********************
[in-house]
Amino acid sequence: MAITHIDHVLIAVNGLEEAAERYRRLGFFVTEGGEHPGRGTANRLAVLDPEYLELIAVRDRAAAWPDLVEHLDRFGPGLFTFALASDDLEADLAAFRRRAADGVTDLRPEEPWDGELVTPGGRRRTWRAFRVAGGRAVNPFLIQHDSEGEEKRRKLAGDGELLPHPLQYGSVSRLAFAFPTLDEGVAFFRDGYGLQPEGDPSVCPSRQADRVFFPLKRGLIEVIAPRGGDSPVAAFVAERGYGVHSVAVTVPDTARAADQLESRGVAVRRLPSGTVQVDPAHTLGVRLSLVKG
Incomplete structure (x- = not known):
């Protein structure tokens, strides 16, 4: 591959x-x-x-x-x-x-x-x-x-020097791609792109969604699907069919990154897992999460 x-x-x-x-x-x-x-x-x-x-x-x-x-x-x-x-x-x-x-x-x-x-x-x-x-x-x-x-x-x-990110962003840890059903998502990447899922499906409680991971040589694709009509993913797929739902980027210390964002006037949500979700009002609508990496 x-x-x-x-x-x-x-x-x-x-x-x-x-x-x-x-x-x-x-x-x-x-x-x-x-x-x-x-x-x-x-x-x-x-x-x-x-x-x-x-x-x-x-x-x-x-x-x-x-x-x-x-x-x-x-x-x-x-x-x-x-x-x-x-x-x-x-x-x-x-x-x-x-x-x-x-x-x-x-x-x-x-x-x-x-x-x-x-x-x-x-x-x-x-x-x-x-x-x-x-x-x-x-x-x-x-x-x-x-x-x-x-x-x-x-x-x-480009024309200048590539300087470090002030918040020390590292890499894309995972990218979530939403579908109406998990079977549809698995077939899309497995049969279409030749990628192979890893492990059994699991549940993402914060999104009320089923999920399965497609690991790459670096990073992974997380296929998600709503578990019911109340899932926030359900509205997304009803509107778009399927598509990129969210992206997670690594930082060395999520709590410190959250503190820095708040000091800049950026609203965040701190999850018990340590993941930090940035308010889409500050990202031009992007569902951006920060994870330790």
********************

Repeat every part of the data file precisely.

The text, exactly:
[in-house]
Amino acid sequence: MAITHIDHVLIAVNGLEEAAERYRRLGFFVTEGGEHPGRGTANRLAVLDPEYLELIAVRDRAAAWPDLVEHLDRFGPGLFTFALASDDLEADLAAFRRRAADGVTDLRPEEPWDGELVTPGGRRRTWRAFRVAGGRAVNPFLIQHDSEGEEKRRKLAGDGELLPHPLQYGSVSRLAFAFPTLDEGVAFFRDGYGLQPEGDPSVCPSRQADRVFFPLKRGLIEVIAPRGGDSPVAAFVAERGYGVHSVAVTVPDTARAADQLESRGVAVRRLPSGTVQVDPAHTLGVRLSLVKG
Incomplete structure (x- = not known):
């Protein structure tokens, strides 16, 4: 591959x-x-x-x-x-x-x-x-x-020097791609792109969604699907069919990154897992999460 x-x-x-x-x-x-x-x-x-x-x-x-x-x-x-x-x-x-x-x-x-x-x-x-x-x-x-x-x-x-990110962003840890059903998502990447899922499906409680991971040589694709009509993913797929739902980027210390964002006037949500979700009002609508990496 x-x-x-x-x-x-x-x-x-x-x-x-x-x-x-x-x-x-x-x-x-x-x-x-x-x-x-x-x-x-x-x-x-x-x-x-x-x-x-x-x-x-x-x-x-x-x-x-x-x-x-x-x-x-x-x-x-x-x-x-x-x-x-x-x-x-x-x-x-x-x-x-x-x-x-x-x-x-x-x-x-x-x-x-x-x-x-x-x-x-x-x-x-x-x-x-x-x-x-x-x-x-x-x-x-x-x-x-x-x-x-x-x-x-x-x-x-480009024309200048590539300087470090002030918040020390590292890499894309995972990218979530939403579908109406998990079977549809698995077939899309497995049969279409030749990628192979890893492990059994699991549940993402914060999104009320089923999920399965497609690991790459670096990073992974997380296929998600709503578990019911109340899932926030359900509205997304009803509107778009399927598509990129969210992206997670690594930082060395999520709590410190959250503190820095708040000091800049950026609203965040701190999850018990340590993941930090940035308010889409500050990202031009992007569902951006920060994870330790």